Miss Malaika In September
THE first Miss Malaika Pan-African beauty pageant to be staged in Ghana in September this year is expected to be unique in more ways than one.First, it will be the first time that Ghana will host a country event to select a Miss Malaika Ghana who will then go on to represent the country at the “Miss Malaika” continental pageant. For the last two years, contestants from Ghana had been handpicked to participate in the pageant.
Again, it will be the first pageant in Ghana to take on a television reality show format and will involve public voting to weight the contestants.To be launched next week, “Miss Malaika Ghana 2003” is billed to run over a seven-week period on TV3, and will provide an exciting, new, innovative and non-traditional way of staging the beauty pageant as the event is moved to a wider public domain.
According to the organisers, Charter House Productions, while often it is the climax that is shared with the public, the 2003 Miss Malaika Ghana will from the onset, emphasise on the backstage activities of its participants who will be selected from Accra, Takoradi and Kumasi. The participants who must be single ladies of African origin between the ages of 18 and 26, and sizes 10 and 14, with no height restrictions, no implants, and must have completed Senior Secondary School, at least, will take part in a competitive pageant which provides them the opportunity to recognise the potential of their beauty and talent, and will not be judged on Western standards and criteria.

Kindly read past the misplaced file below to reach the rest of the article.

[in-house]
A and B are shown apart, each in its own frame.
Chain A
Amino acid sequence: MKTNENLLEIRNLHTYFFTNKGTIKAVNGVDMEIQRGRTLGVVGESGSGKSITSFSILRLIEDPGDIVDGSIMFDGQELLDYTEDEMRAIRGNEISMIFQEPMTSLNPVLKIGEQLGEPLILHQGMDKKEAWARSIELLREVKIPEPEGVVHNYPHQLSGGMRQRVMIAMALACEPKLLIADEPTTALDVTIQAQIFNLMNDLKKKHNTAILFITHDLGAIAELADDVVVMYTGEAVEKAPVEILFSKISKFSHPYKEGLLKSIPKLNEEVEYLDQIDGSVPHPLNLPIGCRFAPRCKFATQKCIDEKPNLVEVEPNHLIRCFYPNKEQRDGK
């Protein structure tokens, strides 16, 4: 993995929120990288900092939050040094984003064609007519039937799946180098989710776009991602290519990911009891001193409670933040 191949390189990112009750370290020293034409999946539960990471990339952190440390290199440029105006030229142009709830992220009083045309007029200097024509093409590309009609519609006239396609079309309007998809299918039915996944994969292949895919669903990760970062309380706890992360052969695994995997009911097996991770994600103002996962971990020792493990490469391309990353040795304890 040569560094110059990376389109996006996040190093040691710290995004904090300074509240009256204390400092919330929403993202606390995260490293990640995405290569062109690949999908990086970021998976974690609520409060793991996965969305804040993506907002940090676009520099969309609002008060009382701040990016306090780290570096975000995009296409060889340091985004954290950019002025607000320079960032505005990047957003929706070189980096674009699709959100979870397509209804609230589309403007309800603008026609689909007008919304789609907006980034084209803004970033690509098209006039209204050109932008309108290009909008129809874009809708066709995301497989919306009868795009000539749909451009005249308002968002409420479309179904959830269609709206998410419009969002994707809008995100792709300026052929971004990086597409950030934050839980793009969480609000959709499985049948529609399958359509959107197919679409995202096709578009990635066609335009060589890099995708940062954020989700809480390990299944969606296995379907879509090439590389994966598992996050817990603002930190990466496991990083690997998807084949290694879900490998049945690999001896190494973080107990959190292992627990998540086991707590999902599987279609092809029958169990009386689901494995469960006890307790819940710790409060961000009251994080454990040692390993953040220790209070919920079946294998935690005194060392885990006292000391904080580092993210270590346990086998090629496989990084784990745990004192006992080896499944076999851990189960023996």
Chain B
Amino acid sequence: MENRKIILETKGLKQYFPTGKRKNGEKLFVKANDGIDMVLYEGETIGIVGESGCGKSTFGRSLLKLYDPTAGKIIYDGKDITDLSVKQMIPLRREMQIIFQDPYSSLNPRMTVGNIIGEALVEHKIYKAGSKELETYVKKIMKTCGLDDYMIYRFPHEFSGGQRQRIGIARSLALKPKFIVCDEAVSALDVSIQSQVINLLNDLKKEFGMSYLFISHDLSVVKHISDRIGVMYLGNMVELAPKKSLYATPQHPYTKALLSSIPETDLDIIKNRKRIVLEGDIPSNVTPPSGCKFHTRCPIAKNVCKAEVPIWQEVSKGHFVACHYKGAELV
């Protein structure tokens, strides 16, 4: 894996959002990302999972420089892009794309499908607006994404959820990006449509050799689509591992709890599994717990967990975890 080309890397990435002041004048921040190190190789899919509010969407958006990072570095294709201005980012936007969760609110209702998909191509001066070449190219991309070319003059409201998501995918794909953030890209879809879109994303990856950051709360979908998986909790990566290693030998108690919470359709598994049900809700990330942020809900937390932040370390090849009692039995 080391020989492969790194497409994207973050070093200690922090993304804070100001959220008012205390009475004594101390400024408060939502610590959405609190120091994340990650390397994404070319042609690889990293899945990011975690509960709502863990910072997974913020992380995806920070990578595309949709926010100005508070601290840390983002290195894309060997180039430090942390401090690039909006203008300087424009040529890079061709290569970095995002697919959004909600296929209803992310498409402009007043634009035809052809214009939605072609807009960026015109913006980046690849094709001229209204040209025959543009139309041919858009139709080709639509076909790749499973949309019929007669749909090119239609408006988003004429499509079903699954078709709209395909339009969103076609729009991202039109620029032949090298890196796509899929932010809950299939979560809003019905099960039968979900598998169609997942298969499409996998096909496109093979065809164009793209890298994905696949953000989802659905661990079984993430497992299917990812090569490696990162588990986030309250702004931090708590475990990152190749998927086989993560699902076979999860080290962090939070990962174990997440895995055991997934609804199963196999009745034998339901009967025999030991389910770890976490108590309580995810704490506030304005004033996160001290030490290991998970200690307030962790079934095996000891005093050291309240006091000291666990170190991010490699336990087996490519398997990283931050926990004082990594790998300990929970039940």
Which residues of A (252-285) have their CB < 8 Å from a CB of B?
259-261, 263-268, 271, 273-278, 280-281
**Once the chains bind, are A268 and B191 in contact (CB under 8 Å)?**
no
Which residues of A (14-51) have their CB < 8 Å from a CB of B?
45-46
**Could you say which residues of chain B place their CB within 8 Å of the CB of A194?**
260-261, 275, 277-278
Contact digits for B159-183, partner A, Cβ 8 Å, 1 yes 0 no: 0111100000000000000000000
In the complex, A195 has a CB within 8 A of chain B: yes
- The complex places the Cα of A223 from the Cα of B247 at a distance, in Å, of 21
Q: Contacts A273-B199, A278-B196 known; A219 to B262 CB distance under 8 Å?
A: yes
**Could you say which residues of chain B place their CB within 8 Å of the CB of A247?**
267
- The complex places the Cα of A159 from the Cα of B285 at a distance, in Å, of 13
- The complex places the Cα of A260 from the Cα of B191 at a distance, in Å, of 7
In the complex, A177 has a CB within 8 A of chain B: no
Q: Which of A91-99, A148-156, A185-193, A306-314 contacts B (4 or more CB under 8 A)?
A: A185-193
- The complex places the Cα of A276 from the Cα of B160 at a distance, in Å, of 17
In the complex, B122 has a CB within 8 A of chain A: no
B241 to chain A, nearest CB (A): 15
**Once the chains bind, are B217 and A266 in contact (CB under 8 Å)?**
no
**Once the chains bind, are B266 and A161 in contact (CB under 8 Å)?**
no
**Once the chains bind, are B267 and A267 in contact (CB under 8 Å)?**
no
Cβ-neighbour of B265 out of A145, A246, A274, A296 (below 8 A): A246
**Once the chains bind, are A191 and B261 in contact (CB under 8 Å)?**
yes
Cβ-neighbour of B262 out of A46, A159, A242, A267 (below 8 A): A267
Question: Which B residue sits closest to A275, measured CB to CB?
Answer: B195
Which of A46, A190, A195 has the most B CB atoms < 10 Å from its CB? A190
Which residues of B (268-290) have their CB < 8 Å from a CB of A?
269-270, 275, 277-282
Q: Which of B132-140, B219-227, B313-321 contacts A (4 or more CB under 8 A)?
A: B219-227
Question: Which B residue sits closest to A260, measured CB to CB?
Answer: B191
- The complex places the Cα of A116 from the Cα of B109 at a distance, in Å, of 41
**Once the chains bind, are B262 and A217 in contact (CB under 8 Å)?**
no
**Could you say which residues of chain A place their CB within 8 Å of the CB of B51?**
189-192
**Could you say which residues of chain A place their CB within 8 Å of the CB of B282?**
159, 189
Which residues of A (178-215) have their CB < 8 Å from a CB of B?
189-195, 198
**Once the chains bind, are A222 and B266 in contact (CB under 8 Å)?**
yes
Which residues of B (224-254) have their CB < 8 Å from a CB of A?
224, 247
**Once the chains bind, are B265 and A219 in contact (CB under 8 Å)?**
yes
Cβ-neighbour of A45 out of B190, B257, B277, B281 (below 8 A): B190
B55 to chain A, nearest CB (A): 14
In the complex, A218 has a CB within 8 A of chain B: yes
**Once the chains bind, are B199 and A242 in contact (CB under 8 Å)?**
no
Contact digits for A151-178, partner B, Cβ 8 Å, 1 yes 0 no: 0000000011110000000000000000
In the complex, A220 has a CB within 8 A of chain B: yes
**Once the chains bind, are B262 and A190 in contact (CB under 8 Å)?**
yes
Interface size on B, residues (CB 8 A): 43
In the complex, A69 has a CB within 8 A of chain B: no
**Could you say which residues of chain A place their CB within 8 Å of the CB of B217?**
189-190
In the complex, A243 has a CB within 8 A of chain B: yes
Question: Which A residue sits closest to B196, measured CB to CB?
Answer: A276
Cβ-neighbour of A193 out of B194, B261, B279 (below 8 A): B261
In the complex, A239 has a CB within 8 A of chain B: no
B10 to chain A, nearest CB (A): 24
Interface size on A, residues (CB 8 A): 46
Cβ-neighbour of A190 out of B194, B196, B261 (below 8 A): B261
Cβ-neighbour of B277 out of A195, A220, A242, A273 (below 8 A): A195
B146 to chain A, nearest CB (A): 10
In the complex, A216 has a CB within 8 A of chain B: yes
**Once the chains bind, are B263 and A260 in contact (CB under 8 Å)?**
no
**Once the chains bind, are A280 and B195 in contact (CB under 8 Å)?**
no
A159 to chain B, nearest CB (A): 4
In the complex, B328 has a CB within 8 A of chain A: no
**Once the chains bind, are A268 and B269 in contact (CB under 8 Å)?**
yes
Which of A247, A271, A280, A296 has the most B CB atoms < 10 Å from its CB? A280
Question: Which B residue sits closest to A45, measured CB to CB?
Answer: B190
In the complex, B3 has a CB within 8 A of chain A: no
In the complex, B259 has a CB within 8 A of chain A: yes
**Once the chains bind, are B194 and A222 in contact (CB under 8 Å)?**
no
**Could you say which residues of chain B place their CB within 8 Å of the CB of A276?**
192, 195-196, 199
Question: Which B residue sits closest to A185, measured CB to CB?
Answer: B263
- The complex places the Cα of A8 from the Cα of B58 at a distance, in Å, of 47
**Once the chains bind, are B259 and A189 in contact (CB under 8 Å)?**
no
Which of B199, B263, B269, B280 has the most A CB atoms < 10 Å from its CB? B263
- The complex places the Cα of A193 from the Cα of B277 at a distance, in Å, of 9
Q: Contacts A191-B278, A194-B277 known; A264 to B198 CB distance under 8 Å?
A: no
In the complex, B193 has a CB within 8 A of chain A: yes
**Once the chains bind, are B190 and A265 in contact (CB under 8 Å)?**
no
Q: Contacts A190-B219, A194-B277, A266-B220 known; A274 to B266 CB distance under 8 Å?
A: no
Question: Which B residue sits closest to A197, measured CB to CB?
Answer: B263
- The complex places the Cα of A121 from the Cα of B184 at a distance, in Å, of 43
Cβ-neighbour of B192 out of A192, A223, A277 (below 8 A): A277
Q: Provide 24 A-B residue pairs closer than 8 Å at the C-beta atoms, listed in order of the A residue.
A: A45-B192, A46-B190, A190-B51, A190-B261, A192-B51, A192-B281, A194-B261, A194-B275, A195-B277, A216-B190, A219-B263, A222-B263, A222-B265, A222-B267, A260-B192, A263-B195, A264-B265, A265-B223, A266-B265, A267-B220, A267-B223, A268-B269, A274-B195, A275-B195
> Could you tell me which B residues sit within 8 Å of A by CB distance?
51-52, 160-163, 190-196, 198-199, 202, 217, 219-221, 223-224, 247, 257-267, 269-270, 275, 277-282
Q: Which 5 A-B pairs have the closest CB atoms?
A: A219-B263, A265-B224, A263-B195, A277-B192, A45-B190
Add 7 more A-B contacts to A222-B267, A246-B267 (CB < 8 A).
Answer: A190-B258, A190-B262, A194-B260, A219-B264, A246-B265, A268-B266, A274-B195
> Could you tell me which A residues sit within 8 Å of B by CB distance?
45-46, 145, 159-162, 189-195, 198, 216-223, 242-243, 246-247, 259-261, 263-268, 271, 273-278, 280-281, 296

“We are very excited about this new concept which will see the goings-on of the participants in a live television footage showing off their various skills and creativity as well as how they interact with each other while in camp, says event director, Mrs Theresa Ayoade.Following the new rage in television programming, which involves showing uncut footage of participants in real-life situations, which have been successfully used to promote pop music world-wide, raising record TV ratings to new heights, the novelty of the 2003 Miss Malaika Ghana event is set to make it a hit.
According to Mrs Ayoade of Charter House Productions who won the franchise to organise the Ghana edition of the international pageant, research showed that there was a “Miss” beauty pageant fatigue with the public and this meant that in order to create the maximum excitement for any such event they needed to re-position it as one that will be attractive both to the public as well as to our sponsors.”